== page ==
The film marks the acting debut of Uruguayan singer-songwriter Jorge Drexler, who won a 2005 Oscar for penning a song for The Motorcycle Diaries and actually gave an all-sung acceptance speech. He plays Uriel Cohan, a divorced financier who has built a wall to keep friends and loved ones alike at arm’s length. He has also allowed his talent at cards and anonymous motel sex take top priority in his life. At the end of the day, though, Uriel still yearns for Gloria (Valeria Bertuccelli), the girl he dated in his twenties and who abruptly gave him the boot. (The sex, at least, was good, a fact he reveals to his doctor when he considers getting a vasectomy.) A second chance to get it right with his dream girl materializes when he runs into her at a casino. Having returned from Europe to settle her late father’s estate, Gloria is struggling with her own issues, neatly encapsulated in her testy relationship with her mother Susan (Oscar winner Norma Aleandro), a literary radio host.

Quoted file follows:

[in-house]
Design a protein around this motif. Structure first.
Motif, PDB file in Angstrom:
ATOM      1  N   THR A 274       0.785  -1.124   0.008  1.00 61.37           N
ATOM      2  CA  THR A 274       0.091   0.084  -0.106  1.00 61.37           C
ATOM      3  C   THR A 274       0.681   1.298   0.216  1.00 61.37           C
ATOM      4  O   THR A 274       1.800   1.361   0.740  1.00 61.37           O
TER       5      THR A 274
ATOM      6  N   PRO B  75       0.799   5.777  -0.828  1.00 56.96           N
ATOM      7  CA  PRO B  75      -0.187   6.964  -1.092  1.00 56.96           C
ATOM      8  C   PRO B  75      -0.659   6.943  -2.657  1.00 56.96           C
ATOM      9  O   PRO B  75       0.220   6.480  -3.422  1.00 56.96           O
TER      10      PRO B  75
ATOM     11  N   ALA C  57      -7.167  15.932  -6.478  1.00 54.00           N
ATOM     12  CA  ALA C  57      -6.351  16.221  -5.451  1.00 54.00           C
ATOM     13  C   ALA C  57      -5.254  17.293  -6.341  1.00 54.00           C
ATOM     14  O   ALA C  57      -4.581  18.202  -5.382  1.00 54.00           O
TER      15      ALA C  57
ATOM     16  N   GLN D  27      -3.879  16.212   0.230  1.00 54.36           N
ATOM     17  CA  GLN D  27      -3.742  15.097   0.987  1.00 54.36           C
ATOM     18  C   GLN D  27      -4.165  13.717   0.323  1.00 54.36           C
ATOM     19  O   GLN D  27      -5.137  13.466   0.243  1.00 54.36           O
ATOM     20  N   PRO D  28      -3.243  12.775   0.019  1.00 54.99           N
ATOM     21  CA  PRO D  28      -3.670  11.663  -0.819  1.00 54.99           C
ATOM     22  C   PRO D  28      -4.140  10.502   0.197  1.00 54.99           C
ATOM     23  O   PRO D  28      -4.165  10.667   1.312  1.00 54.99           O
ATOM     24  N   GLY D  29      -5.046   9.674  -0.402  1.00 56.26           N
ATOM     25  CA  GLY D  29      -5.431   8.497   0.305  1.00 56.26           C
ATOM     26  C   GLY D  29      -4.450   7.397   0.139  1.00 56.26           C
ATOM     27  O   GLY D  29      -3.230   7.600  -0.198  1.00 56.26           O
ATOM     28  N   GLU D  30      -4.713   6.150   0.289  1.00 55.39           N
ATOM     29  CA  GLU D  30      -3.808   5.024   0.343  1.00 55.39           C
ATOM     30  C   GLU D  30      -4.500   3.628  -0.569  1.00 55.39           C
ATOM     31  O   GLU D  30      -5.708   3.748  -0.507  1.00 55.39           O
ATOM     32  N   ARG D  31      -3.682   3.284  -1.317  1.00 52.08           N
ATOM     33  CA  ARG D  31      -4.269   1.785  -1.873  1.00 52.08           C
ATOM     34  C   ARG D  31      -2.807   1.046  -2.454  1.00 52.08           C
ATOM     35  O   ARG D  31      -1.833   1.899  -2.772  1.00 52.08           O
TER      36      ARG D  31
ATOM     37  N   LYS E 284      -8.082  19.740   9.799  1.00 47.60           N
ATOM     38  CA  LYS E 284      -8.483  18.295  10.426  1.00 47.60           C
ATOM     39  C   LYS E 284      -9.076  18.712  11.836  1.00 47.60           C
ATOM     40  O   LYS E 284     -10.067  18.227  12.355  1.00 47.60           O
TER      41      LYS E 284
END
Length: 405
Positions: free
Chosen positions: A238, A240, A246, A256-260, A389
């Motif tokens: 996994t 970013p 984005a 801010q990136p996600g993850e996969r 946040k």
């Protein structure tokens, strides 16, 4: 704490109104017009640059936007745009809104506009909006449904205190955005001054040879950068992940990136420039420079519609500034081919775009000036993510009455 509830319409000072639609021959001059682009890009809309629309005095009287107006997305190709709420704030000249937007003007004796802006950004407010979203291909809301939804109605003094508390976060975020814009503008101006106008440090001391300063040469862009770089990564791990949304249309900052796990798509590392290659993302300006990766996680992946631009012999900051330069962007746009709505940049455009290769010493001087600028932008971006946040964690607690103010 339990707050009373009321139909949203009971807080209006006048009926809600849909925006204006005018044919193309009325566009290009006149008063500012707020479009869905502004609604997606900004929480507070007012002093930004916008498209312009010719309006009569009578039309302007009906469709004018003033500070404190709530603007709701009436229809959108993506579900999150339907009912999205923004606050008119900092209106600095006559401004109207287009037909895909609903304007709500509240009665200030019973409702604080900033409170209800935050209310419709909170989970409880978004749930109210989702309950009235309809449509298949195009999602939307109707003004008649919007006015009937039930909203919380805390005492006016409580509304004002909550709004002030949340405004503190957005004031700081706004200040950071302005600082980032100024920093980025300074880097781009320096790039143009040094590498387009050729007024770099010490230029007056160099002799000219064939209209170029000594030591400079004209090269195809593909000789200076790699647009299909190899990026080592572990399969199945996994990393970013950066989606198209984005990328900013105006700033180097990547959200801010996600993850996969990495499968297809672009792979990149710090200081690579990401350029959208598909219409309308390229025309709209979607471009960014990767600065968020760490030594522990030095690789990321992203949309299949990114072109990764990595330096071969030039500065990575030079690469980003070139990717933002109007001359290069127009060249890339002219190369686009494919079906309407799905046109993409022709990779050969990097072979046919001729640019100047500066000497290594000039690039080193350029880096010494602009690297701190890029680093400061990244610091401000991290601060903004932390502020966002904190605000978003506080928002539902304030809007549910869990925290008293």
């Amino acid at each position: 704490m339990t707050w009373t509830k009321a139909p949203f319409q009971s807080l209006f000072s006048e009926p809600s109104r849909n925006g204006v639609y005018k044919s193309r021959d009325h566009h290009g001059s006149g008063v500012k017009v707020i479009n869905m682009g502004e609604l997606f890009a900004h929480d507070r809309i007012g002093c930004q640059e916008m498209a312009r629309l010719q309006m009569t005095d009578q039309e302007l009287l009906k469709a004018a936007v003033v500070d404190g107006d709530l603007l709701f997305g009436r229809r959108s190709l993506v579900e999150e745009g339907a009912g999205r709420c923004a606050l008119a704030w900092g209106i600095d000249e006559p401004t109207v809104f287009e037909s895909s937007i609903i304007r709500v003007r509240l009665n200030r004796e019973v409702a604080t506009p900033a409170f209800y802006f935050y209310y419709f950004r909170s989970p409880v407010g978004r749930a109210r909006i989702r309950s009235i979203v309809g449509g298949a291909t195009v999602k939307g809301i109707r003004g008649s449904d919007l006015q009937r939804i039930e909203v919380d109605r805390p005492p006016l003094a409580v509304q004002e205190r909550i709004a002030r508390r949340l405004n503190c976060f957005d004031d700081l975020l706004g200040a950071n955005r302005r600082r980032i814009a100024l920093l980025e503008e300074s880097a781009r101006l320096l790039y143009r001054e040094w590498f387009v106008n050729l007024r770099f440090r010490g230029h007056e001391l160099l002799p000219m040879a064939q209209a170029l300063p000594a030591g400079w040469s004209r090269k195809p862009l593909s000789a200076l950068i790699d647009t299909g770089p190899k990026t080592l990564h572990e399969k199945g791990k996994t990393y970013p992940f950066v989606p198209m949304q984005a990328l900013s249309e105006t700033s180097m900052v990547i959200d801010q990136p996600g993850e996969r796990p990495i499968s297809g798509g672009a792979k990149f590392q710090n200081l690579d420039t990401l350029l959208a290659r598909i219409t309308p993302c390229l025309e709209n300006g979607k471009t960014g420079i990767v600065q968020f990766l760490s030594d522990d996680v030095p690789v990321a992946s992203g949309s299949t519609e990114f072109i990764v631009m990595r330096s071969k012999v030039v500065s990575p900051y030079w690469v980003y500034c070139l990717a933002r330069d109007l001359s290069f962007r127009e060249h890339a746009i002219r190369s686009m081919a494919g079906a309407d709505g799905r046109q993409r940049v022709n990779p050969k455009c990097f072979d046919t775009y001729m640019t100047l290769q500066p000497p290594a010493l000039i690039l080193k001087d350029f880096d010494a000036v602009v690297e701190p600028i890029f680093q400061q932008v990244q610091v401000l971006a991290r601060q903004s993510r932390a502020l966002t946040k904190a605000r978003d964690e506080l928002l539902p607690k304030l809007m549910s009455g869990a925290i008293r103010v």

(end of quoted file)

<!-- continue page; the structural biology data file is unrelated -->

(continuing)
Even though Burman follows some of the genre’s familiar story beats, the way Uriel and Gloria’s courtship plays out appropriates the rhythms of everyday life. Burman, in effect, turns All In into a South American variation of a classic Hollywood remarriage comedy (The Philadelphia Story, anyone?) Okay, so Drexler is hardly Cary Grant, but he does a commendable job of balancing Uriel’s insecurities with a genuine desire to improve his quality if life, and the virtue of Burman’s direction is that it turns potentially superficial subject matter into a profound, keenly observed character study without sacrificing the film’s scrappy, easygoing charm.